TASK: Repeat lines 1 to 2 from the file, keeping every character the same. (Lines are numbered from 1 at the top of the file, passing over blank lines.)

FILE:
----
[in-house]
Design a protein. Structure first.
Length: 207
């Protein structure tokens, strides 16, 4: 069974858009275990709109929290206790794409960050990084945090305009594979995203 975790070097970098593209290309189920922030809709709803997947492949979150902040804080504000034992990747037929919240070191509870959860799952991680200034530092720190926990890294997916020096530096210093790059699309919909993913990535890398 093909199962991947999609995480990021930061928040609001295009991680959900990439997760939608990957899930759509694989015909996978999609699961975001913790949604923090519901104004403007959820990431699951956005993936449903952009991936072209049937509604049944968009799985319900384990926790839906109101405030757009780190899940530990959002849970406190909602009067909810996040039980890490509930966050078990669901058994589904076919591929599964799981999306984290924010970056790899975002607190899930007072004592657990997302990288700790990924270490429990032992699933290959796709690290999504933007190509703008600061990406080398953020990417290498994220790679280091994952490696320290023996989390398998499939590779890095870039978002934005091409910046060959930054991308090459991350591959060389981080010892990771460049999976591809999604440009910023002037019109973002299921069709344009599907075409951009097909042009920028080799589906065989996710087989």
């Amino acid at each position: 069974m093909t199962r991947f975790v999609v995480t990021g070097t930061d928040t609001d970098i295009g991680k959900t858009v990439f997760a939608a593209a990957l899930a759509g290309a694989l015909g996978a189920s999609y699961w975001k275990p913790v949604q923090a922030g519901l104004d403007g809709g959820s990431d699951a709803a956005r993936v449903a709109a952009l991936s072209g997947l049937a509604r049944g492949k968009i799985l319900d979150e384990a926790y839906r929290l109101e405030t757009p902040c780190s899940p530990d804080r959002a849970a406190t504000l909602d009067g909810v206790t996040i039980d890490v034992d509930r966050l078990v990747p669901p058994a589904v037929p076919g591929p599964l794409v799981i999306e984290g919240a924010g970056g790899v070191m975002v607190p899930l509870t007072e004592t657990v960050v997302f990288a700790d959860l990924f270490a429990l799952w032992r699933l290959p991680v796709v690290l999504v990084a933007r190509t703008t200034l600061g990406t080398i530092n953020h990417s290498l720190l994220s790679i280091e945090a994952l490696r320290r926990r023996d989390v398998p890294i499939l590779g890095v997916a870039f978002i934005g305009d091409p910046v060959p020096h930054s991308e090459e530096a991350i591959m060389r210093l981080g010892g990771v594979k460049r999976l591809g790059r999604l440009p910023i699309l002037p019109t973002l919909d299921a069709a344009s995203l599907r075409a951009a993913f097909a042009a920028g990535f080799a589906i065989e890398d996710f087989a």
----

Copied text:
[in-house]
Design a protein. Structure first.